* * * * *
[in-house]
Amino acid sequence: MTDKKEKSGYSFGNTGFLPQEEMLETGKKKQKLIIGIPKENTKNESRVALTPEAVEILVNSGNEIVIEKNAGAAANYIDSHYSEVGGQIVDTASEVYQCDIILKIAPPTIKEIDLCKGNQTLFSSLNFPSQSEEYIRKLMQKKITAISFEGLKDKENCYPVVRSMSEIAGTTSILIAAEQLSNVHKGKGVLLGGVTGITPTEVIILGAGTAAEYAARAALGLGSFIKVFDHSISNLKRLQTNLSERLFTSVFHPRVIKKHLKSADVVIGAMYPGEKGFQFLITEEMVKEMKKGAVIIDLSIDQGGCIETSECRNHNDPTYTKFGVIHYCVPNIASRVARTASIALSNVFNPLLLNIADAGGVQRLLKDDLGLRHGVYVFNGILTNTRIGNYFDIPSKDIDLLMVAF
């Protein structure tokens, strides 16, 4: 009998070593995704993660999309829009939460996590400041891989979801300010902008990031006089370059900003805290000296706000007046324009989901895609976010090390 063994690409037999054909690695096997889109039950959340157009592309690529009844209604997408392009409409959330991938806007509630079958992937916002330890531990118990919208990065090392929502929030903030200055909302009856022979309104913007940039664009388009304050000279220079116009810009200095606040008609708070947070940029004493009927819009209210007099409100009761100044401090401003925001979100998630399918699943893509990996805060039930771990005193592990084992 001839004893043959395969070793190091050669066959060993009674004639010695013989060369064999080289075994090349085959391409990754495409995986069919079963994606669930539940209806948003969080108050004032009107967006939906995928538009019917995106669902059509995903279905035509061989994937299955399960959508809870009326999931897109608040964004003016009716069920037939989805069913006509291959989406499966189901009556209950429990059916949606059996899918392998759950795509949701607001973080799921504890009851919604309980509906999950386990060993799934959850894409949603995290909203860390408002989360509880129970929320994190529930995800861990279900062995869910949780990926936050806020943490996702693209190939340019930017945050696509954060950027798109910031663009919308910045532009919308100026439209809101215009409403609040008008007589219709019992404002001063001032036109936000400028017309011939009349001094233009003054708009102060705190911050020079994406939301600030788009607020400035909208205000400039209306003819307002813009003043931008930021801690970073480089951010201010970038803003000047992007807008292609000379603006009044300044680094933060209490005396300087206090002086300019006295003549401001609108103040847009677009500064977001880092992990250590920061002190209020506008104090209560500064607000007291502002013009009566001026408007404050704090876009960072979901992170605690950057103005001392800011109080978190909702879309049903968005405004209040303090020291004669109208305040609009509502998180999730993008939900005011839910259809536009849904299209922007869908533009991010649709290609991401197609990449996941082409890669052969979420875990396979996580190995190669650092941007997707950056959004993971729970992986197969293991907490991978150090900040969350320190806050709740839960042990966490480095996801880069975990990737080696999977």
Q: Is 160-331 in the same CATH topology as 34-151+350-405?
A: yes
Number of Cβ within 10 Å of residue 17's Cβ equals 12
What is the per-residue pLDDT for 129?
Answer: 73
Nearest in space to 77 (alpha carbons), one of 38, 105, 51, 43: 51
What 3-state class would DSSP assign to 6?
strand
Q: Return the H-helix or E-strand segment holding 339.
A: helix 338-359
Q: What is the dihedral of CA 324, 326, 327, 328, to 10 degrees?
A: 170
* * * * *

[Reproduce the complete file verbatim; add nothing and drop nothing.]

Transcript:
[in-house]
Amino acid sequence: MTDKKEKSGYSFGNTGFLPQEEMLETGKKKQKLIIGIPKENTKNESRVALTPEAVEILVNSGNEIVIEKNAGAAANYIDSHYSEVGGQIVDTASEVYQCDIILKIAPPTIKEIDLCKGNQTLFSSLNFPSQSEEYIRKLMQKKITAISFEGLKDKENCYPVVRSMSEIAGTTSILIAAEQLSNVHKGKGVLLGGVTGITPTEVIILGAGTAAEYAARAALGLGSFIKVFDHSISNLKRLQTNLSERLFTSVFHPRVIKKHLKSADVVIGAMYPGEKGFQFLITEEMVKEMKKGAVIIDLSIDQGGCIETSECRNHNDPTYTKFGVIHYCVPNIASRVARTASIALSNVFNPLLLNIADAGGVQRLLKDDLGLRHGVYVFNGILTNTRIGNYFDIPSKDIDLLMVAF
């Protein structure tokens, strides 16, 4: 009998070593995704993660999309829009939460996590400041891989979801300010902008990031006089370059900003805290000296706000007046324009989901895609976010090390 063994690409037999054909690695096997889109039950959340157009592309690529009844209604997408392009409409959330991938806007509630079958992937916002330890531990118990919208990065090392929502929030903030200055909302009856022979309104913007940039664009388009304050000279220079116009810009200095606040008609708070947070940029004493009927819009209210007099409100009761100044401090401003925001979100998630399918699943893509990996805060039930771990005193592990084992 001839004893043959395969070793190091050669066959060993009674004639010695013989060369064999080289075994090349085959391409990754495409995986069919079963994606669930539940209806948003969080108050004032009107967006939906995928538009019917995106669902059509995903279905035509061989994937299955399960959508809870009326999931897109608040964004003016009716069920037939989805069913006509291959989406499966189901009556209950429990059916949606059996899918392998759950795509949701607001973080799921504890009851919604309980509906999950386990060993799934959850894409949603995290909203860390408002989360509880129970929320994190529930995800861990279900062995869910949780990926936050806020943490996702693209190939340019930017945050696509954060950027798109910031663009919308910045532009919308100026439209809101215009409403609040008008007589219709019992404002001063001032036109936000400028017309011939009349001094233009003054708009102060705190911050020079994406939301600030788009607020400035909208205000400039209306003819307002813009003043931008930021801690970073480089951010201010970038803003000047992007807008292609000379603006009044300044680094933060209490005396300087206090002086300019006295003549401001609108103040847009677009500064977001880092992990250590920061002190209020506008104090209560500064607000007291502002013009009566001026408007404050704090876009960072979901992170605690950057103005001392800011109080978190909702879309049903968005405004209040303090020291004669109208305040609009509502998180999730993008939900005011839910259809536009849904299209922007869908533009991010649709290609991401197609990449996941082409890669052969979420875990396979996580190995190669650092941007997707950056959004993971729970992986197969293991907490991978150090900040969350320190806050709740839960042990966490480095996801880069975990990737080696999977």
Q: Is 160-331 in the same CATH topology as 34-151+350-405?
A: yes
Number of Cβ within 10 Å of residue 17's Cβ equals 12
What is the per-residue pLDDT for 129?
Answer: 73
Nearest in space to 77 (alpha carbons), one of 38, 105, 51, 43: 51
What 3-state class would DSSP assign to 6?
strand
Q: Return the H-helix or E-strand segment holding 339.
A: helix 338-359
Q: What is the dihedral of CA 324, 326, 327, 328, to 10 degrees?
A: 170